The Ohio Supreme Court decided Monday that it would not hear the appeal from a former teacher currently serving a prison sentence after being convicted of more than 40 felonies, including gross sexual imposition.
Former Olentangy Schools teacher Matthew Rausenberg, 42, formerly of Columbus, was sentenced to 106 years in prison by a Delaware County Common Pleas Court jury on Jan. 25, 2016 after he was found guilty of 34 counts of gross sexual imposition, which are third-degree felonies; four counts of kidnapping, first-degree felonies; and three counts of pandering sexually-oriented material involving a minor, which are second-degree felonies.
Since the Jan. 28, 2016 sentencing, Rausenberg has been appealing the ruling of the court.
According to court records, the attorneys handling Rausenberg’s appeal argued to the Fifth-District Court of Appeals that the trial court erred several times during the case and argued that those errors led to Rausenberg’s conviction. Rausenberg’s attorneys argued that the evidence from his first interview with detectives from the Delaware County Sheriff’s Office should have been excluded from trial because his Miranda rights were not read to him before the interview.
Rausenberg’s attorneys and prosecutors argued on the matter a hearing before the Fifth-District Court of Appeals on Jan. 17, 2017 and on March 23, 2017 the court issued a ruling against Rausenberg.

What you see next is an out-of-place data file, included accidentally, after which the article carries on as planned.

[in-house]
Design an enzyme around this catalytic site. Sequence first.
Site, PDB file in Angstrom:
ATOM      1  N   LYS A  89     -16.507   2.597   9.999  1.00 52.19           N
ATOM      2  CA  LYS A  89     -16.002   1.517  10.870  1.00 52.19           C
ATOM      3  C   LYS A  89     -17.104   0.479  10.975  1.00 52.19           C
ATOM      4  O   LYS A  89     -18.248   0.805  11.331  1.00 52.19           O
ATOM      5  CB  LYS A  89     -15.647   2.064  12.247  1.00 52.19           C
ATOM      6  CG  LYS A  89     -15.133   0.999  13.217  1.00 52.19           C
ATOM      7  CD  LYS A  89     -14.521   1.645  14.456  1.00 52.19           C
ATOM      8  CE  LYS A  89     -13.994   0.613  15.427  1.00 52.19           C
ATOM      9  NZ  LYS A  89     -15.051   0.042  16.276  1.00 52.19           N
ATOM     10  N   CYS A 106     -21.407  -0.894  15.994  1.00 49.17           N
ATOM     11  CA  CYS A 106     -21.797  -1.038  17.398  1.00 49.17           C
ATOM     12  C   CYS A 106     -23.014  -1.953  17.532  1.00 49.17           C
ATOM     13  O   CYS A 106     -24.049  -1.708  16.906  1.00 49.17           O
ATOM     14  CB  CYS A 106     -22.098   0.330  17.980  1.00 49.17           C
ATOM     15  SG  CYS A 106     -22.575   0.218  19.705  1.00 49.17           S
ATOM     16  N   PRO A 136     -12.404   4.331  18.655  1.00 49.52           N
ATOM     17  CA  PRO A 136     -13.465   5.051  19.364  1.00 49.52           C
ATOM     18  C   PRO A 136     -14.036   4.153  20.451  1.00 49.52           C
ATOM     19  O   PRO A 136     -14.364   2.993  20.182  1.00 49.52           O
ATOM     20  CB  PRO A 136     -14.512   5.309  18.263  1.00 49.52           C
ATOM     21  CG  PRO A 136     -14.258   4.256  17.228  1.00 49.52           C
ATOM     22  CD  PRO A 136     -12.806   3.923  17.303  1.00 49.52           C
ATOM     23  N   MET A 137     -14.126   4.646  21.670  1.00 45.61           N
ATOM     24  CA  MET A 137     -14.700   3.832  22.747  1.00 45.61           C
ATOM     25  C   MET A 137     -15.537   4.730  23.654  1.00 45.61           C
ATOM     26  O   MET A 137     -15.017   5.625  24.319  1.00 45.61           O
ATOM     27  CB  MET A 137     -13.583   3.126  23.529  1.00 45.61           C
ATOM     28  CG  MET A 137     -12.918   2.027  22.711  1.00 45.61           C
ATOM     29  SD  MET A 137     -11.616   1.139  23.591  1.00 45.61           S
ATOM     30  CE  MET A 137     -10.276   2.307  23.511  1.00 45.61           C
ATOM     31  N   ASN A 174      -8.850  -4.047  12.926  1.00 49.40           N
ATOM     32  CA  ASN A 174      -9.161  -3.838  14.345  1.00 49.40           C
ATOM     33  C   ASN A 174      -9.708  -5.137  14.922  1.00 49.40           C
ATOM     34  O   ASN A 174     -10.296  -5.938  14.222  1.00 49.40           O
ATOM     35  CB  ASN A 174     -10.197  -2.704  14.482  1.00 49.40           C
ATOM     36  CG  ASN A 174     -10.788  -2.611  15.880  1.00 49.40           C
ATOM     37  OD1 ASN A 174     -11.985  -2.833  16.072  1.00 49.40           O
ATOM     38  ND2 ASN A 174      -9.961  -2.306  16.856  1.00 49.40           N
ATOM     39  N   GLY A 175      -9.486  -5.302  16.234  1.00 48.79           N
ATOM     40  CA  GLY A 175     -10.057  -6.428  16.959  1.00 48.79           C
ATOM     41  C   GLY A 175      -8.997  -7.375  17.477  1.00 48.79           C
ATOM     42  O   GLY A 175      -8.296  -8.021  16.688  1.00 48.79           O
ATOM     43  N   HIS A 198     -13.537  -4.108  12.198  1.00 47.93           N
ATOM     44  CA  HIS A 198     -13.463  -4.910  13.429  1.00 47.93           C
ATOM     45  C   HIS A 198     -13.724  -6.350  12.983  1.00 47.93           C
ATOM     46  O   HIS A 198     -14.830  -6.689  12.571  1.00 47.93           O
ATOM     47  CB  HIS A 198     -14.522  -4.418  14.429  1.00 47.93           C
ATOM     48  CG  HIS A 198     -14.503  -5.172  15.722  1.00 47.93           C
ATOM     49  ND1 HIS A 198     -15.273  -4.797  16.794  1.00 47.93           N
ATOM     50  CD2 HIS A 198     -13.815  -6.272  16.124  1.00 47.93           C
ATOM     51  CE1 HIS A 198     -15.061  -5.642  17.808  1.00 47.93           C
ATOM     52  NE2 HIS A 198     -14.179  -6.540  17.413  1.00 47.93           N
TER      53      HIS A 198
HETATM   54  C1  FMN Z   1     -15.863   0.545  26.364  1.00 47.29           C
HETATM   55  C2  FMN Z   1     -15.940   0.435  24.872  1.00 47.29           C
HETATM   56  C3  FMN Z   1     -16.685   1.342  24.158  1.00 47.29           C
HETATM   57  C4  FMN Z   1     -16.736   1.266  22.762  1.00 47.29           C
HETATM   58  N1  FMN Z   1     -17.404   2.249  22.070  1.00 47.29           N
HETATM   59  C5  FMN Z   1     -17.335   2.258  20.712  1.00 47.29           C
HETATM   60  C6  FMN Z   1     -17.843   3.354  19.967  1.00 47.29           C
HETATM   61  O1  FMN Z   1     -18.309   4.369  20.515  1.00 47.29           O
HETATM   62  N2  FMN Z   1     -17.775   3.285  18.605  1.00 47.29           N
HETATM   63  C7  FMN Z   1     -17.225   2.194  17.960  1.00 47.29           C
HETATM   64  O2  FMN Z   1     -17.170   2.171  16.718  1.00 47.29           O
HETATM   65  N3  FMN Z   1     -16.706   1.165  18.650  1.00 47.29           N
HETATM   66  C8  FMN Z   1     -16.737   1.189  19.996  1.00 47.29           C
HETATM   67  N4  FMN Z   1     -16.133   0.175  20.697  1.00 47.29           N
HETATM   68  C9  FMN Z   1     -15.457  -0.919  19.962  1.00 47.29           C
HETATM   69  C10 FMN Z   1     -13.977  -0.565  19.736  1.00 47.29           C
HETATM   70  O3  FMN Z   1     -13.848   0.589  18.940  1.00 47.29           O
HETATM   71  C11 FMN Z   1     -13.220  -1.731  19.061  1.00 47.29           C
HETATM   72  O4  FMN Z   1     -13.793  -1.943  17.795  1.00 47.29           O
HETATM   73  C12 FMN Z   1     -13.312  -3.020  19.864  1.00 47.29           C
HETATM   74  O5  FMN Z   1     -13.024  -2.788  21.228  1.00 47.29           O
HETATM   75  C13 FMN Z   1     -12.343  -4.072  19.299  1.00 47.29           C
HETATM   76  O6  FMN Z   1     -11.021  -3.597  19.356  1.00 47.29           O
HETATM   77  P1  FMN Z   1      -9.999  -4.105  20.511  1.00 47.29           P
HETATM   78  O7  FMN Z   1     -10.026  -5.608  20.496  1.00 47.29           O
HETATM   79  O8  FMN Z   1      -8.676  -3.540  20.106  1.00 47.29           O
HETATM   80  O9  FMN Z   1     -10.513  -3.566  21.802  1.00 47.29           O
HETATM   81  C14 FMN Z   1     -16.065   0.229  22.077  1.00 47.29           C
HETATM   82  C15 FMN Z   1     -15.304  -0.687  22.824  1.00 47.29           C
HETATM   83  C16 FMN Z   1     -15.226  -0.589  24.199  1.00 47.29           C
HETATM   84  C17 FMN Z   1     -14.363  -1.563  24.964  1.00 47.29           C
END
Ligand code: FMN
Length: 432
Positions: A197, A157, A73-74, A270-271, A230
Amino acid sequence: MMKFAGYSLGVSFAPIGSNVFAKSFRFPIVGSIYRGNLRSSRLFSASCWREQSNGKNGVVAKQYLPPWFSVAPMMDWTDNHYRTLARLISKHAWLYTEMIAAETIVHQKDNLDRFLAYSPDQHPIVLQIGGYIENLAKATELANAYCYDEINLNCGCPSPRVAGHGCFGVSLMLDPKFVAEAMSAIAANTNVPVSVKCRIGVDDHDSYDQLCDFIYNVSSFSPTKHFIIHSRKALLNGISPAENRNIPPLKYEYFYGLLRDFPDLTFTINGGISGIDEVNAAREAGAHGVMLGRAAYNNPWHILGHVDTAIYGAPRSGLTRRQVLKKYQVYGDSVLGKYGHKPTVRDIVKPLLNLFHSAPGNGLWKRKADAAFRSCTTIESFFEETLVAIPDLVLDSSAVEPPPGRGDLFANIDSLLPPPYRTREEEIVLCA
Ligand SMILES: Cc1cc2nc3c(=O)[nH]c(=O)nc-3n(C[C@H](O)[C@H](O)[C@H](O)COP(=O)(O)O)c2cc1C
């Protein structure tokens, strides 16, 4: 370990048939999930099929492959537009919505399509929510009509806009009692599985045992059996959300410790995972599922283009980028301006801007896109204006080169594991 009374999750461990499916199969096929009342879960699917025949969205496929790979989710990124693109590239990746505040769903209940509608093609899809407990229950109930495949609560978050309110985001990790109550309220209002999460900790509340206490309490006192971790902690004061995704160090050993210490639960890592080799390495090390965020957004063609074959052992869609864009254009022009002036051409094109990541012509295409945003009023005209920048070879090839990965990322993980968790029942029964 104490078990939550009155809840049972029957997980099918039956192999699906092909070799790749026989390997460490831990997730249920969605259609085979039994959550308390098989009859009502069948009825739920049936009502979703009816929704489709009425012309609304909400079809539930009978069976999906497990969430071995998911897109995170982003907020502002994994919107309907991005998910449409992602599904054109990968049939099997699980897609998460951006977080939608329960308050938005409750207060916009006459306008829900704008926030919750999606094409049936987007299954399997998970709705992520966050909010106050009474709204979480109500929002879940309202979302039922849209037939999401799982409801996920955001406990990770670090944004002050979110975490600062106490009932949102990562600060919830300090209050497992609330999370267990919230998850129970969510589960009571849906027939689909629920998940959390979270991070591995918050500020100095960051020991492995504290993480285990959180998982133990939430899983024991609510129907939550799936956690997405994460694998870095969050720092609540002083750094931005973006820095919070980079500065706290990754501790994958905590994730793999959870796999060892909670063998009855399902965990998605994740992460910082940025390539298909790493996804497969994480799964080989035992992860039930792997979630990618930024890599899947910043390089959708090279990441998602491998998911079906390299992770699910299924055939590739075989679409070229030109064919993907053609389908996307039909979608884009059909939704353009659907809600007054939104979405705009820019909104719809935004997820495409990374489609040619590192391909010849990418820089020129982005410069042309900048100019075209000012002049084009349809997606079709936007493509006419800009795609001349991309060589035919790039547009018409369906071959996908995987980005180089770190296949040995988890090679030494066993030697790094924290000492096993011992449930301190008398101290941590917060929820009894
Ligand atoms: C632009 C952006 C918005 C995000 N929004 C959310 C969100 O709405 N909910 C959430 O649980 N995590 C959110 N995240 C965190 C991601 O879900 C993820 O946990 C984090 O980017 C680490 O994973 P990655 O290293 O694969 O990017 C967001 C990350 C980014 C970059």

Court records state that Jeremy A. Roth and Ermel R. Luckett, the attorneys handling Rausenberg’s case, filed an appeal on May 5, 2017 with the Ohio Supreme Court, asking the court to overturn the ruling of the Fifth-District Court of Appeals.
First Assistant County Prosecutor Kyle Rohrer filed a response to the appeal with the Ohio Supreme Court on June 1 and requested the court dismiss the case.
“There are no substantial constitutional questions in Appellant’s propositions of law and none of the issues presented of public or great general interest,” Rohrer said.
Rohrer dismissed the argument that the evidence from the interview should be dismissed and said Rausenberg was interviewed in a neutral area and was told it was a voluntary interview.
On Tuesday, Ohio Supreme Court Chief Justice Maureen O’Connor filed an entry stating the court had declined to accept jurisdiction in the case.
There had been no additional filings in Rausenberg’s case.
Rausenberg’s criminal trial began on Jan. 19, 2016 and, over the course of four days, prosecutors called 25 witnesses, including nine victims and many of their parents, to testify. The defense called only two witnesses.
Rausenberg did not testify in his own defense.
Many of Rausenberg’s victims and their family members testified that Rausenberg favored female students and gave them special treatment. The victims testified that Rausenberg would put them on his lap and have them read to him. Tthe victims also testified that he would rub their legs with his hands.
Prosecutors also showed a video that depicted Rausenberg touching a 7-year-old second-grader before making the girl rub the front of his pants. Rausenberg and members of the jury were visibly upset while the video was shown.
He resigned his teaching job at Arrowhead Elementary School after his March 2015 arrest.
Contact Glenn Battishill at 740-413-0903. Follow him on Twitter @BattishillDG.
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